Ba Vi National Park offers escape from hustle of Hanoi
King Peak, the highest peak in Ba Vi National Park (Source: VOV)
Ba Vi National Park is the nearest "green world" to the capital
city of Hanoi, where nature-lovers can find an ideal escape from the
hustle and bustle of city life in all four seasons.
In spring, the forest is highlighted with striking colours of wild
peach blossoms and apricot flowers, while in summer the dense forest is
dryer and brighter with light sunshine beaming down through thick layers
of leaves. Autumn covers most of the trees with yellow coats and winter
seems to bring a fresh cool air to the space.
in the middle of the northern plain, Ba Vi (Three Peaks) is
mentioned in the ancient legend of the Mountain God Tan Vien, and is
said to be his final resting place.
The highest peak,
known as King Peak, is 1,296m, followed by Tan Vien Peak
(Mountain God) at 1,227m and Ngoc Hoa Peak at 1,131m. There is a
temple dedicated to President Ho Chi Minh on King Peak and another
to worship the Mountain God on Tan Vien Peak.
At the entrance to the park is Tien Sa Tourism Site, where a 20ha lake is surrounded by a 120ha forest.
The site is divided into several themed zones to suit various ages,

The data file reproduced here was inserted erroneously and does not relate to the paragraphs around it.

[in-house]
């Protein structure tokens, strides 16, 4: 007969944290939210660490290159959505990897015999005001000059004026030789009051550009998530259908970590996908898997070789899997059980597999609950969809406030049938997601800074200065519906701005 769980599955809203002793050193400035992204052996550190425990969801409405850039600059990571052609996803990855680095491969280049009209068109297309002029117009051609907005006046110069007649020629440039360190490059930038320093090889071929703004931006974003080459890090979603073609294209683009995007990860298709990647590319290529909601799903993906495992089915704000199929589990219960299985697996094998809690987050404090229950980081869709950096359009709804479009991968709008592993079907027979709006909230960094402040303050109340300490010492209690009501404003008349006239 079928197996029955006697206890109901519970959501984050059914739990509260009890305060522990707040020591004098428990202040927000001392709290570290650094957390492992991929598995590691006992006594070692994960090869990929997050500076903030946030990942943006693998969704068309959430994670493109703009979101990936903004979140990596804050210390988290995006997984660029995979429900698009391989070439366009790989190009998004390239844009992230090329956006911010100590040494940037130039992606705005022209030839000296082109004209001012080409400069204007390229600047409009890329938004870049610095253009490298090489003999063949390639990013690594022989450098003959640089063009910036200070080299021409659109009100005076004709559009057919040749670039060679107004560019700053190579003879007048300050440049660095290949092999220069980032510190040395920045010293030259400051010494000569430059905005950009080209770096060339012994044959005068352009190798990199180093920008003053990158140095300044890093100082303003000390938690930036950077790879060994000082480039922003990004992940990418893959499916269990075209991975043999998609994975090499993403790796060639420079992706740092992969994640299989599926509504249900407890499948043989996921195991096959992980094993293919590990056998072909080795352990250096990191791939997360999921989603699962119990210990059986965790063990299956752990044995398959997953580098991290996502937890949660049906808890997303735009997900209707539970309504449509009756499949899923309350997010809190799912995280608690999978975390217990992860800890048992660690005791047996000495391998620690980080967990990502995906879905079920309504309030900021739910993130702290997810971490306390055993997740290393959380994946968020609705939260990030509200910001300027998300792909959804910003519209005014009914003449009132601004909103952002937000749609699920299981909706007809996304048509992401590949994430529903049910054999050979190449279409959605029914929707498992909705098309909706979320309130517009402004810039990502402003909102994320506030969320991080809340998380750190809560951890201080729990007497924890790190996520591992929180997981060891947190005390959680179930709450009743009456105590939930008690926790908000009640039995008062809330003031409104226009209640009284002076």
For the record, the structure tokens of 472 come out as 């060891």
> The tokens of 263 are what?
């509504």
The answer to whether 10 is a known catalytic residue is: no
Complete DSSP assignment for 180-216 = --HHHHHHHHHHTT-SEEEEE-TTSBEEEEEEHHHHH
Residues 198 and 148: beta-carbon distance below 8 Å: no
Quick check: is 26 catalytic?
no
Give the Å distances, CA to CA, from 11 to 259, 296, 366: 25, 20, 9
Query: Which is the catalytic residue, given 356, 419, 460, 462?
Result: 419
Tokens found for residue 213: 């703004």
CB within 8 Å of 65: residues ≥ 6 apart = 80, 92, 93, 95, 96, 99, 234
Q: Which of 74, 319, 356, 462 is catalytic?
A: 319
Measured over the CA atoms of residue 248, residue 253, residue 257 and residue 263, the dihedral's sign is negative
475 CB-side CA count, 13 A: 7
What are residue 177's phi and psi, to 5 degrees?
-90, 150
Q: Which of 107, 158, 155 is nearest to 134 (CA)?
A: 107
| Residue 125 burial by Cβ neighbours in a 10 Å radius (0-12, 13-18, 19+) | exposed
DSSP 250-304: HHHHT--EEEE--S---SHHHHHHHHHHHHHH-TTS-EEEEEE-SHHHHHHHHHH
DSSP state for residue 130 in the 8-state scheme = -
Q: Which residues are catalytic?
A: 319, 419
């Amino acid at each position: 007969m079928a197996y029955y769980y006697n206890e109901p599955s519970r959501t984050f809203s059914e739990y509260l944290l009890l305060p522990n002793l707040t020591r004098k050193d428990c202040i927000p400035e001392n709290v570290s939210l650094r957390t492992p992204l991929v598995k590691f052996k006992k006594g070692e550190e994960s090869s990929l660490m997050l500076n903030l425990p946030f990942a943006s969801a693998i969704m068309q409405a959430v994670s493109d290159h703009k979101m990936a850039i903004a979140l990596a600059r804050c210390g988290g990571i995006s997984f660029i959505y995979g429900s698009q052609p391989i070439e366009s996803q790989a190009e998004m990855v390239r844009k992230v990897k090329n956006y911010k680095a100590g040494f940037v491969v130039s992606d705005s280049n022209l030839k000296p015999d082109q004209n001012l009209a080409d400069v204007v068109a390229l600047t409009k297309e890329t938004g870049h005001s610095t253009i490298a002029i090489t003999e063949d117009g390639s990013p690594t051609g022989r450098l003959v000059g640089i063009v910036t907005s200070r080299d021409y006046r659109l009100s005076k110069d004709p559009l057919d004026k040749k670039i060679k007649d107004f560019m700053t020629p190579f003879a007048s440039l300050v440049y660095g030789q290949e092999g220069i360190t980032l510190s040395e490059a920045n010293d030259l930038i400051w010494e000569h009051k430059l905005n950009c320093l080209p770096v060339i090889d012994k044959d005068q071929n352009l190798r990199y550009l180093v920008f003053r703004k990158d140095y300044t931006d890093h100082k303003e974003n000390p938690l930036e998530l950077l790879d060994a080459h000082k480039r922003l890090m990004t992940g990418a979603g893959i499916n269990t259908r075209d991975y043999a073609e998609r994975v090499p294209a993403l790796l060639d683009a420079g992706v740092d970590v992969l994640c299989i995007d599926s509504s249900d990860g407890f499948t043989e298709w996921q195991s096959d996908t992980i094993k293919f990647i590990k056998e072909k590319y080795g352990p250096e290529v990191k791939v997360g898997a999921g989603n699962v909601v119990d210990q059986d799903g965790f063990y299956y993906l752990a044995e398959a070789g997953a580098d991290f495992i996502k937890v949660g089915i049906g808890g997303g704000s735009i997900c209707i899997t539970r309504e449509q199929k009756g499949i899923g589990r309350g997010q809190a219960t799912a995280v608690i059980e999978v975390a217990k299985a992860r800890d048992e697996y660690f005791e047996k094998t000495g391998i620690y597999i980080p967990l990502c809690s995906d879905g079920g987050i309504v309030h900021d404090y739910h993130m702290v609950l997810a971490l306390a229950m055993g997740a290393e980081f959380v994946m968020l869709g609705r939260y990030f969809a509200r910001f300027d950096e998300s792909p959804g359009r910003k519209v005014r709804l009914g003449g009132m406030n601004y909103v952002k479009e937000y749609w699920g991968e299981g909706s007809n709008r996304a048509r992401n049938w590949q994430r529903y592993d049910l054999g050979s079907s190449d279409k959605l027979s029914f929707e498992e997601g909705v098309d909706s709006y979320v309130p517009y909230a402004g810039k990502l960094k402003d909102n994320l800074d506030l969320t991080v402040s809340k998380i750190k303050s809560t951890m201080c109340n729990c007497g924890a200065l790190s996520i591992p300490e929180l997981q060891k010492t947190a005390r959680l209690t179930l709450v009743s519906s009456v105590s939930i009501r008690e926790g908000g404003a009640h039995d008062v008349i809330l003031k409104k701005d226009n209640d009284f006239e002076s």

including a water park of 3,000sq.m with three swimming pools and nine
slides and a games area of 2,500sq.m.
Young people can enjoy boating or play tennis, football, volleyball and badminton.
Following the sloping zigzagging 12km road from the park gate,
visitors will have a chance to see the rich local flora and fauna. The
park is home to more than 1,200 kinds of plants, 21 of which are
mentioned in Vietnam's Red Book of rare and threatened species.
There are also 63 species of animals.
vestiges of the French occupation have recently been opened to the
public at 1,000m above sea level thanks to the upgraded road leading to
According to a French document dating back
to the 1930s, the French planned to build three resorts at heights of
400, 600 and 1,000m above sea level, and were particularly keen on
developing the highest one. Between 1932 and 1944, they built various
facilities like a hostel, playground, church, orphanage and military
basement which can still be seen today.
A jail was
also built in the 1930s capable of holding up to 200 prisoners, and some
of the implements used to torture the prisoners are now on display.
A new trekking route has been opened leading up to some of the parks
oldest trees, mostly Bach Xanh (calocedrus macrolepis). Hundreds of them
flourish at an altitude of 1,000m, and the tree offers fine wood with a
gentle fragrance which is easily processed into furniture and houses.
At the end of the road, climbing over 1,000 steps leading to the
temples on King Peak or Tan Vien Peak is another
From King Peak, the
scenery looks like a huge painting with giant "strokes" of green grass
fields, yellow rice crops and the Da River zigzagging through the